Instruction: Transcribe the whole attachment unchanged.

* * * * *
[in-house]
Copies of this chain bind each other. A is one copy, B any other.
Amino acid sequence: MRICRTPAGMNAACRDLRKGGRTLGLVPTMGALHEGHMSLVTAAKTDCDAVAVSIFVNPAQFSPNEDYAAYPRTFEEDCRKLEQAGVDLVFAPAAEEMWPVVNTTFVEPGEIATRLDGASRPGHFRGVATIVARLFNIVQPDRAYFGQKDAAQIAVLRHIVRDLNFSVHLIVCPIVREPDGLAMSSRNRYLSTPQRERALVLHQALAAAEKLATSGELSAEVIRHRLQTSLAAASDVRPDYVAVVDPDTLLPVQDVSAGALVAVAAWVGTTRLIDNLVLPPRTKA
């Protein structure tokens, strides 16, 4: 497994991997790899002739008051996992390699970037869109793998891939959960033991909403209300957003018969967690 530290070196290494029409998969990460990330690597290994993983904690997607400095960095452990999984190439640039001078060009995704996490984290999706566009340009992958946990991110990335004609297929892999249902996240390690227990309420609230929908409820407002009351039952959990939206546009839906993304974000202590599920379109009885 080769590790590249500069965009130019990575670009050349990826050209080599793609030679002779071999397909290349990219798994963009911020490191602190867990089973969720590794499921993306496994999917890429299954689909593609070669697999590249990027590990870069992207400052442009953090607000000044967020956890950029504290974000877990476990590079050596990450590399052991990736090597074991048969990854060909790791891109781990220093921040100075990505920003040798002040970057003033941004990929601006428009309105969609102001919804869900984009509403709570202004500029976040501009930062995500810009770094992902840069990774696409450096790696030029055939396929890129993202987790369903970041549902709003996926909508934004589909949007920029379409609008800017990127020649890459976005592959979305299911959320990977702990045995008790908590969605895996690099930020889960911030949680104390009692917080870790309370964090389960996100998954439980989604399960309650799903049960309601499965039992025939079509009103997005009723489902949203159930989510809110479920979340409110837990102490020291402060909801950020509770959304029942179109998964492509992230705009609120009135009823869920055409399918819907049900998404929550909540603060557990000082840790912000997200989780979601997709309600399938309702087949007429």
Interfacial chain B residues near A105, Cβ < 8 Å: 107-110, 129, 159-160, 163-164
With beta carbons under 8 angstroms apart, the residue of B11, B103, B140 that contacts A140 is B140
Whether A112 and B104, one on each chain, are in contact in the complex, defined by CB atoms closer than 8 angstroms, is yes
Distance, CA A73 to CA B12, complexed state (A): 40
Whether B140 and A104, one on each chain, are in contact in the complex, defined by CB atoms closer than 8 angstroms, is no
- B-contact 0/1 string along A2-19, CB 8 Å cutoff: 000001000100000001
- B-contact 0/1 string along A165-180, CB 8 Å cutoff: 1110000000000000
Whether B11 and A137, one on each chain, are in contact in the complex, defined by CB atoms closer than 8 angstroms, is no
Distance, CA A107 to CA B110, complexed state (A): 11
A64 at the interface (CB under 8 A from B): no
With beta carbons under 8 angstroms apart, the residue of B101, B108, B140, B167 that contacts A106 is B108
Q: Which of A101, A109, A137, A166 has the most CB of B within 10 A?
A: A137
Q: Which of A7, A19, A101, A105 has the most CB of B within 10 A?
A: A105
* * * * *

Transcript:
[in-house]
Copies of this chain bind each other. A is one copy, B any other.
Amino acid sequence: MRICRTPAGMNAACRDLRKGGRTLGLVPTMGALHEGHMSLVTAAKTDCDAVAVSIFVNPAQFSPNEDYAAYPRTFEEDCRKLEQAGVDLVFAPAAEEMWPVVNTTFVEPGEIATRLDGASRPGHFRGVATIVARLFNIVQPDRAYFGQKDAAQIAVLRHIVRDLNFSVHLIVCPIVREPDGLAMSSRNRYLSTPQRERALVLHQALAAAEKLATSGELSAEVIRHRLQTSLAAASDVRPDYVAVVDPDTLLPVQDVSAGALVAVAAWVGTTRLIDNLVLPPRTKA
């Protein structure tokens, strides 16, 4: 497994991997790899002739008051996992390699970037869109793998891939959960033991909403209300957003018969967690 530290070196290494029409998969990460990330690597290994993983904690997607400095960095452990999984190439640039001078060009995704996490984290999706566009340009992958946990991110990335004609297929892999249902996240390690227990309420609230929908409820407002009351039952959990939206546009839906993304974000202590599920379109009885 080769590790590249500069965009130019990575670009050349990826050209080599793609030679002779071999397909290349990219798994963009911020490191602190867990089973969720590794499921993306496994999917890429299954689909593609070669697999590249990027590990870069992207400052442009953090607000000044967020956890950029504290974000877990476990590079050596990450590399052991990736090597074991048969990854060909790791891109781990220093921040100075990505920003040798002040970057003033941004990929601006428009309105969609102001919804869900984009509403709570202004500029976040501009930062995500810009770094992902840069990774696409450096790696030029055939396929890129993202987790369903970041549902709003996926909508934004589909949007920029379409609008800017990127020649890459976005592959979305299911959320990977702990045995008790908590969605895996690099930020889960911030949680104390009692917080870790309370964090389960996100998954439980989604399960309650799903049960309601499965039992025939079509009103997005009723489902949203159930989510809110479920979340409110837990102490020291402060909801950020509770959304029942179109998964492509992230705009609120009135009823869920055409399918819907049900998404929550909540603060557990000082840790912000997200989780979601997709309600399938309702087949007429």
Interfacial chain B residues near A105, Cβ < 8 Å: 107-110, 129, 159-160, 163-164
With beta carbons under 8 angstroms apart, the residue of B11, B103, B140 that contacts A140 is B140
Whether A112 and B104, one on each chain, are in contact in the complex, defined by CB atoms closer than 8 angstroms, is yes
Distance, CA A73 to CA B12, complexed state (A): 40
Whether B140 and A104, one on each chain, are in contact in the complex, defined by CB atoms closer than 8 angstroms, is no
- B-contact 0/1 string along A2-19, CB 8 Å cutoff: 000001000100000001
- B-contact 0/1 string along A165-180, CB 8 Å cutoff: 1110000000000000
Whether B11 and A137, one on each chain, are in contact in the complex, defined by CB atoms closer than 8 angstroms, is no
Distance, CA A107 to CA B110, complexed state (A): 11
A64 at the interface (CB under 8 A from B): no
With beta carbons under 8 angstroms apart, the residue of B101, B108, B140, B167 that contacts A106 is B108
Q: Which of A101, A109, A137, A166 has the most CB of B within 10 A?
A: A137
Q: Which of A7, A19, A101, A105 has the most CB of B within 10 A?
A: A105